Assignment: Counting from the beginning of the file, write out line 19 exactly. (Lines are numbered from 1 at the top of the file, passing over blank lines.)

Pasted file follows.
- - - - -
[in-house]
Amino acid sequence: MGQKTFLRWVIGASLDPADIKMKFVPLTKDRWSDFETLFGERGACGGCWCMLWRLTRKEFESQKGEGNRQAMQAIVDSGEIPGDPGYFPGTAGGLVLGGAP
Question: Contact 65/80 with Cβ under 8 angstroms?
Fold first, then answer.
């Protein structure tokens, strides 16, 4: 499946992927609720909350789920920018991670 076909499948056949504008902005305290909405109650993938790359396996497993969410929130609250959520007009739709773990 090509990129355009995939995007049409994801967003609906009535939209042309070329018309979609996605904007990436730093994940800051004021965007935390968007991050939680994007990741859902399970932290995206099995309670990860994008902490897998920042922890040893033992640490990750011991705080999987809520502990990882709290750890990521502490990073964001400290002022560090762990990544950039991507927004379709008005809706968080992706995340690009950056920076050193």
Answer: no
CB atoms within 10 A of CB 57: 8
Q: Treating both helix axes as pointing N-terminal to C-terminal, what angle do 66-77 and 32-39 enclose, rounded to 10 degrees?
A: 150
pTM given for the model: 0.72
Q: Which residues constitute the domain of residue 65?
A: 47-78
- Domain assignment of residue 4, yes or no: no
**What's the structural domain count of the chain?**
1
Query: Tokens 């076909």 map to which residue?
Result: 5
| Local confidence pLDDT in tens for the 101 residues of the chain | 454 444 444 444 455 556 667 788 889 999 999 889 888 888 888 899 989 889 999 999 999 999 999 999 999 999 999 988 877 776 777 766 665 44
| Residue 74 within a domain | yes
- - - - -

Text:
| Residue 74 within a domain | yes